Creatine Essay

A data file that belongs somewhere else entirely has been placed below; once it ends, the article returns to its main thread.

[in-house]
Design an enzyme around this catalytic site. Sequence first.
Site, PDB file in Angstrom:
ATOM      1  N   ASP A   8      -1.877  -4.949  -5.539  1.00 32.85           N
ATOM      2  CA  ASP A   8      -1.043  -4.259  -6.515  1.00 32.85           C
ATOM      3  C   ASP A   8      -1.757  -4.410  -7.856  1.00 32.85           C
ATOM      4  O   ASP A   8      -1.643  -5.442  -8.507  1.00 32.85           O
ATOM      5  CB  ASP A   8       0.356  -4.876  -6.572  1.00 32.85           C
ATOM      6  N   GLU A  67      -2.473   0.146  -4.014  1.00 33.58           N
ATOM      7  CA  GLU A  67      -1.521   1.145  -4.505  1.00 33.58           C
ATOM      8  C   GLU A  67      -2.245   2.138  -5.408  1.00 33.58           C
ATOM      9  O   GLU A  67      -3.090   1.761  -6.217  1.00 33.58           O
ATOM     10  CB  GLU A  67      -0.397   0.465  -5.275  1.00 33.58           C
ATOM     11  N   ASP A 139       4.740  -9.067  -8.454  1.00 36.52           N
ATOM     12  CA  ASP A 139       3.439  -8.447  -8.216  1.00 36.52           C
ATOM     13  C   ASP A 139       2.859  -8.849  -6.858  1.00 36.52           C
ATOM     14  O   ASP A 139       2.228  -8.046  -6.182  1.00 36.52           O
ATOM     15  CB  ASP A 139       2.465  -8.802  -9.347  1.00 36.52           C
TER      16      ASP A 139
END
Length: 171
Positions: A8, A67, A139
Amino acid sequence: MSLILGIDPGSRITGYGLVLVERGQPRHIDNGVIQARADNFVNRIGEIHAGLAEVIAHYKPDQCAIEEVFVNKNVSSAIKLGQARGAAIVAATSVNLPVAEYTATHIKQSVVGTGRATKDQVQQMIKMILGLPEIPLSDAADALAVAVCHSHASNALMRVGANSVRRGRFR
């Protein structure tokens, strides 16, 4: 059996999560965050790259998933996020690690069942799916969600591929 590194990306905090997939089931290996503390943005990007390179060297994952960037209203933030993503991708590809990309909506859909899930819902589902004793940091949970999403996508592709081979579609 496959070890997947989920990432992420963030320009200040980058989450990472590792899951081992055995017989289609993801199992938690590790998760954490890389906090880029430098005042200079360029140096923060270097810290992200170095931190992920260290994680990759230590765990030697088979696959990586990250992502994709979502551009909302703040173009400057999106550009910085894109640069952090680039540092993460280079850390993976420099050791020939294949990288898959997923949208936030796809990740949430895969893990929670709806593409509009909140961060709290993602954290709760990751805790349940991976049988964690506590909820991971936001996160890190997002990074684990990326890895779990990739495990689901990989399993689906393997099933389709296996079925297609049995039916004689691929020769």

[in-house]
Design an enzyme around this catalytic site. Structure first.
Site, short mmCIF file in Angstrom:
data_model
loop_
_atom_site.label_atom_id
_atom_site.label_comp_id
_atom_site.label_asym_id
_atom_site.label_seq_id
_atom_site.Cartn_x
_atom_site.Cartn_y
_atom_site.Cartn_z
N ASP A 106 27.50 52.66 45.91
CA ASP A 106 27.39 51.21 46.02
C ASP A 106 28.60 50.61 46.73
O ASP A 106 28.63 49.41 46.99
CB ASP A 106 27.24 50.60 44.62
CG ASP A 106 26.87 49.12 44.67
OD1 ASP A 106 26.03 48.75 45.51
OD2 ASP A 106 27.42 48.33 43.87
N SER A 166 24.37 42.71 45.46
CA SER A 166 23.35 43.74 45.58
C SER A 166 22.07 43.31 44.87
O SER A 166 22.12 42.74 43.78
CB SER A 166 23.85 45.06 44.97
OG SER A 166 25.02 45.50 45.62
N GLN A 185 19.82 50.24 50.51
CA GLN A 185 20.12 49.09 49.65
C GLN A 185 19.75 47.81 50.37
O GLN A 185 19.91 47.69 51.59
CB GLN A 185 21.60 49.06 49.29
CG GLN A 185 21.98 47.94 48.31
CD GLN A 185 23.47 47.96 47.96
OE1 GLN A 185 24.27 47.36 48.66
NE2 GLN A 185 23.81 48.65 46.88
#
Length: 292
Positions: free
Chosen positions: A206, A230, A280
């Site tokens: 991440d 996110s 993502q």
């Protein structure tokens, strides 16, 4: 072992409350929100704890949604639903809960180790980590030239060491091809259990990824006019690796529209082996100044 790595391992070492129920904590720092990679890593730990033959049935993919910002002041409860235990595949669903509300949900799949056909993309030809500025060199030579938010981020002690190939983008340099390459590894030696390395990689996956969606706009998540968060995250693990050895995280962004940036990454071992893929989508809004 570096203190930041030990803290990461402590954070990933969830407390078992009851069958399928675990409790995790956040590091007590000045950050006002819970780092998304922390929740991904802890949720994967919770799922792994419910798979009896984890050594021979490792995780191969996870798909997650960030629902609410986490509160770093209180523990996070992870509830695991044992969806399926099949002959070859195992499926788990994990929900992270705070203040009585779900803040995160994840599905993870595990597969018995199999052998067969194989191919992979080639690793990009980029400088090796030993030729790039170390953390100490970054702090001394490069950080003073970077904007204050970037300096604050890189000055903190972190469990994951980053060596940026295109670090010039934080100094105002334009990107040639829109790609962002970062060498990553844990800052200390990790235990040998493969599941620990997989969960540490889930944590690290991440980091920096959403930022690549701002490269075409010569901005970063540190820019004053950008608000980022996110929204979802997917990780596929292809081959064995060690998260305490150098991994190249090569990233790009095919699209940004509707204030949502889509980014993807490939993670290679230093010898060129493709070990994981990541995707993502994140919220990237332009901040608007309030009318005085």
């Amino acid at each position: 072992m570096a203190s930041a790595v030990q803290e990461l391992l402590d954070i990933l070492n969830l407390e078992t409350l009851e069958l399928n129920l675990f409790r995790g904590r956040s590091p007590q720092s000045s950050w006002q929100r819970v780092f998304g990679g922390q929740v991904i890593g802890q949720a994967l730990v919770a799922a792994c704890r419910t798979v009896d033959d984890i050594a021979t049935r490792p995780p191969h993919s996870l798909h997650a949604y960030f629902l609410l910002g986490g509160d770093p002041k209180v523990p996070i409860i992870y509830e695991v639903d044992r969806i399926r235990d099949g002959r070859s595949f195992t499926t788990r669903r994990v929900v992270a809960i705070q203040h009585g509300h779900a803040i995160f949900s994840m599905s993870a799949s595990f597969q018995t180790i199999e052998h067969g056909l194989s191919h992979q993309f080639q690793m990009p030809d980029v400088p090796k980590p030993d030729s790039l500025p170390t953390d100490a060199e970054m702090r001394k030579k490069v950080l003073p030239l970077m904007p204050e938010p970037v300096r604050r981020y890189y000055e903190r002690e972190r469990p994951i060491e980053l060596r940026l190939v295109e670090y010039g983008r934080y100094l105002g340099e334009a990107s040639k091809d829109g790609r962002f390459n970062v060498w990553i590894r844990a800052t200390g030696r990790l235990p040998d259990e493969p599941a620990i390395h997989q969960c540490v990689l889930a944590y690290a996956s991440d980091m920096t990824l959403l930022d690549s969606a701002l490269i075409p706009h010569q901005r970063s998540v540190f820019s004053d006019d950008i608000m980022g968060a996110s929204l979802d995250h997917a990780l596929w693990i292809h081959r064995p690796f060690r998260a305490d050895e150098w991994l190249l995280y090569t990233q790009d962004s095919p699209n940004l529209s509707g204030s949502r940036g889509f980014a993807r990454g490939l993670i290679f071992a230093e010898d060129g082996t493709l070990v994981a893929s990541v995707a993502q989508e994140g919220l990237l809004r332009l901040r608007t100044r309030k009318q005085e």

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Cody Laskaris Mr. Brathol Athletic Training 5-13-12 Creatine Creatine has become a popular nutritional supplement among athletes. “Creatine is a compound that's involved in the production of energy in the body, in the form of adenosine triphosphate. Made in the liver, approximately 95% of the body's creatine ends up being stored in skeletal muscles and the remaining 5% is found in the brain, heart, and testes. Once it's used, creatine is converted to a waste product called creatinine and excreted in urine” (Creatine). It was first discovered in 1835, when a French scientist named Chevreul discovered a component of skeletal muscle that he later named creatine- after the Greek word for flesh. Supplements are commonly sold as powders; liquids, tablets, capsules, energy bars, fruit-flavored chews, and drink mixes are also available. Like any other supplement, creatine has positive and negative results. According to Jose Antonio, creatine serves as a fuel source for rapid exercise through increased phosocreatine (PCr) stores. It is a natural substance said to build muscle mass and boost muscle strength. Creatine is available in meat and fish and is also produced naturally in the human body and found primarily in skeletal muscle. The key to understanding creatine supplementation is to know that it only helps with certain activities. A basic review of what creatine is, and how it is used in the body will help you understand how supplementation might be beneficial. First off, muscle cells generate mechanical work from an energy liberating chemical reaction -- ATP is split into ADP and P (phosphate). ATP can be used by muscle cells very quickly, but there is only an extremely limited supply -- usually only enough for a few seconds of high intensity work. When the ATP is gone, work stops (Jenkins). The positive results from Mayo Clinic have shown an

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